• Despite having by nearly the fewest at-bats of anyone in the top 15, Greene’s 4 home runs lands him in a tie for 10th among all 2B.
  • In spite of being 1 of only 2 players below 100 at-bats in the top 20, Greene ranks in a tie for 18th with 11 RBI.
  • Greene has a .400 OBP in day games and a .235 OBP at night.
  • In high leverage situations, Greene has a batting line of .417/.462/.750/1.212.
  • In “late and close” scenarios, Greene is hitting .308/.308/.692/1.000.
  • With 2 outs and runners in scoring position, he has a line of .200/.333/.200/.533.
  • When hitting 8th in the lineup, he is hitting .303/.378/.727/1.106.
  • As a starter, Greene hits .240/.313/.493/.807, but as a substitute he hits .250/.250/.250/.500.
  • Against LHP, Greene bats .283/.327/.609/.935
  • Against RHP, Greene bats .189/.286/.297/.583
  • Greene fell below the Mendoza line on April 19th when his average dropped to .192, and he fell below it again on May 13th when he dropped to .194.  Since that time, he is hitting .381/.409/.762/1.171 to raise his average to .241 on the season.
  • He is currently 6th in the Cardinals with 4 HR.
  • He is currently 8th on the team with 11 RBI.
  • He is tied for 2nd on the team with 5 stolen bases.
  • He sits at 12th on the team in OPS.
  • He is currently 13th among hitters on the team in WAR at 0.2 which puts him between Jaime Garcia (0.3) and Lance Lynn (0.1).
  • Off 44 MLB 2B with 50 or more innings, he ranks 37th in UZR/150 at -20.1.  Teammates Daniel Descalso (32nd) and Skip Schumaker (41st) also rank in the bottom 3rd as well.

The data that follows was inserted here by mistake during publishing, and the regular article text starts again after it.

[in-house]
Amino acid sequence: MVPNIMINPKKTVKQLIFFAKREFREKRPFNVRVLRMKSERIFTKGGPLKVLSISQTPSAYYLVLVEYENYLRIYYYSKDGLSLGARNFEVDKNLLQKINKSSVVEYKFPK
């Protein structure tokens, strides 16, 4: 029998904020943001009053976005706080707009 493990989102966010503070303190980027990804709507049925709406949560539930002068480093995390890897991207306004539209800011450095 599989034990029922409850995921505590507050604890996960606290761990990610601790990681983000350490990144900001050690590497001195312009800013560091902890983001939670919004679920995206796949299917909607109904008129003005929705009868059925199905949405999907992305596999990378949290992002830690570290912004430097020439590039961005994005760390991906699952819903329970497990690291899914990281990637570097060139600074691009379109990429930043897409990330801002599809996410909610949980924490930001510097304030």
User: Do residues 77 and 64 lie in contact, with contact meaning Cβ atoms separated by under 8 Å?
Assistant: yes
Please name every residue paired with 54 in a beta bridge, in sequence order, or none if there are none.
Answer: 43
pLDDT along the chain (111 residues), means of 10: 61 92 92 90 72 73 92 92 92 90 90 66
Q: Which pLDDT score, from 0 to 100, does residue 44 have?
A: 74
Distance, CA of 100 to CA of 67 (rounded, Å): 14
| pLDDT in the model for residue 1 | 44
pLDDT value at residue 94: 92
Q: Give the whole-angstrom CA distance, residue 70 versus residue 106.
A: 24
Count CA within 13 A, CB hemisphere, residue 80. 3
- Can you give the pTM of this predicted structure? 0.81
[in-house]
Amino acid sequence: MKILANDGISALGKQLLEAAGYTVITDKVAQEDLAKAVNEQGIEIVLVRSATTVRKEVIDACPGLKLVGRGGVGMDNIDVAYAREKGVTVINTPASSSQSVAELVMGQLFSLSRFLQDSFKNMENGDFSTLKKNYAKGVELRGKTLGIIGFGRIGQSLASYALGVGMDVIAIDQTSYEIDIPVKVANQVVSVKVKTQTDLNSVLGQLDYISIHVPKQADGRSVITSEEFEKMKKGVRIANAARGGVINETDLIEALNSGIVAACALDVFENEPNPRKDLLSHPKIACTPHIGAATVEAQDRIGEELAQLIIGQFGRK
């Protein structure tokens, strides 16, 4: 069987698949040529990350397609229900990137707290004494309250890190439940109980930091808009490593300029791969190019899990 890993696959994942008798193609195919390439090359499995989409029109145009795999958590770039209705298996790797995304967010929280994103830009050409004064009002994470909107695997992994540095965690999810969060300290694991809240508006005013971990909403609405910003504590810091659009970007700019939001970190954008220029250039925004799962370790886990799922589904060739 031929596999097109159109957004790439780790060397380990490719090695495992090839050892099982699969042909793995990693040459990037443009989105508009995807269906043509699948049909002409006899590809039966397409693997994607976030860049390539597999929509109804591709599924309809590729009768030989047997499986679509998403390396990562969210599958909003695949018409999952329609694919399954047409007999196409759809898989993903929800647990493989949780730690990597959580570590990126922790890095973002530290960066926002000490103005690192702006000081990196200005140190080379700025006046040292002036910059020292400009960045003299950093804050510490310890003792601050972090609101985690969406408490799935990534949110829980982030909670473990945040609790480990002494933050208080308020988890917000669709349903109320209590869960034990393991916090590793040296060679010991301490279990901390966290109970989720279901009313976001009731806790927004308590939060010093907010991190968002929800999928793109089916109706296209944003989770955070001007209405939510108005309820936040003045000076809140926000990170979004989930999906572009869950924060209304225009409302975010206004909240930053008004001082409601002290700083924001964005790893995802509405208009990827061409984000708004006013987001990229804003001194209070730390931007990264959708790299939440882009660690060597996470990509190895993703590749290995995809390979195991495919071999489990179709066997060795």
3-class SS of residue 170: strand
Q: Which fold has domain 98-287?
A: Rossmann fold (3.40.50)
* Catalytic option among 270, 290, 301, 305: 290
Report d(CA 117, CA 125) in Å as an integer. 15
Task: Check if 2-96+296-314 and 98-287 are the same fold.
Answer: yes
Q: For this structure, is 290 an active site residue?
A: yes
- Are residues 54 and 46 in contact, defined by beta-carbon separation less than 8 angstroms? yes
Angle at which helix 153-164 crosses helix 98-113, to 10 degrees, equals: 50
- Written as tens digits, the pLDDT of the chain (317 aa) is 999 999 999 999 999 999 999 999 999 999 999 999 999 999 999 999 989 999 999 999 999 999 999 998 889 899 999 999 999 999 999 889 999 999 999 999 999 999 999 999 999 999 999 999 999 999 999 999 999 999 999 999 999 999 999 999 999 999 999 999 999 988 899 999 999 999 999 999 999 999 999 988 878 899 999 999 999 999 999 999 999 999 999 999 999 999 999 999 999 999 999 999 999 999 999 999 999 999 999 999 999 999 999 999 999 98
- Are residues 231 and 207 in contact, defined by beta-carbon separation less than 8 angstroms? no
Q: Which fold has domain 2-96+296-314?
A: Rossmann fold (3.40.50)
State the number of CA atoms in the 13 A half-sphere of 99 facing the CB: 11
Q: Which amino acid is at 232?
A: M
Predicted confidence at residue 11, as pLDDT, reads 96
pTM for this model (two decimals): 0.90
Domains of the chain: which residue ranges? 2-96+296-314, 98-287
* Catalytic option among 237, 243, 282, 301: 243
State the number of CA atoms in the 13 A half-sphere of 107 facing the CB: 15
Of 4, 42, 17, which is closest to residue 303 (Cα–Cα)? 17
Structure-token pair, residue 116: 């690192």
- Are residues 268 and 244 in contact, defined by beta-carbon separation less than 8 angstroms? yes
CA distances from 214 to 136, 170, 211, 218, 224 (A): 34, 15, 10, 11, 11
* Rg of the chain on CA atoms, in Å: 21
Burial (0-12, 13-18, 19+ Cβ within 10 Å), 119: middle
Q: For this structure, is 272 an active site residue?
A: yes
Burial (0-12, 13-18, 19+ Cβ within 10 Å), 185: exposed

No matter how you splice and frame the numbers, Greene appears to be a deficient fielder at 2B and in the midst of perhaps a career-altering hitting streak.  At this point, finishing the season with a .250 average would have to be considered a significant step forward as long as the other numbers fall in line.  The extra power he has displayed this season may or may not be a long term addition to his value.  If you look at his at-bats this season, he appears to be improving as a fastball hitter, although he continues to be better at consistently putting the ball in play against finesse pitchers.

Based on the season he has put together to this point, Greene still shows a lot of potential, but he has basically thrived as the ideal platoon partner to Skip Schumaker who hits RH pitchers about as well as Greene hits lefties.  If Matheny can convince Greene that he has no reason to constantly look over his shoulder, maybe he can continue to improve his game and maintain a higher level of play than he has in the past.  That would be a welcome change to fans on both sides of the Greene debate, and it might make it a bit easier to be Tyler Greene.

TIDBIT: No matter who Matheny pencils into the lineup at 2B, the Cardinals are trotting out a sub-par defender at that position every single day.  One might have a stronger arm, one might have more range, and one might be smoother at turning the double play, but they all have serious deficiencies in at least 1 category.

Follow gr33nazn on Twitter for more (or less) unbiased looks at players on the fringes of success!


Cardinals fan since I could hold a fishing pole steady. Accidental blogger. Opinionated. I could care less about what you think of me. Constantly confounded, bemused, and confuzzled (ie I'm a pc and a mac). I'm an IT infrastructure analyst with a penchant for breaking tech toys. I ate a sabermetric primer for breakfast. I love playing "All-powerful GM of MLB". The 2010 Cardinals represented a good, practical definition "cognitive dissonance". The 2011 version got by on duct tape and a prayer, and I'm fine with that. They just need new tape for #12 in 12.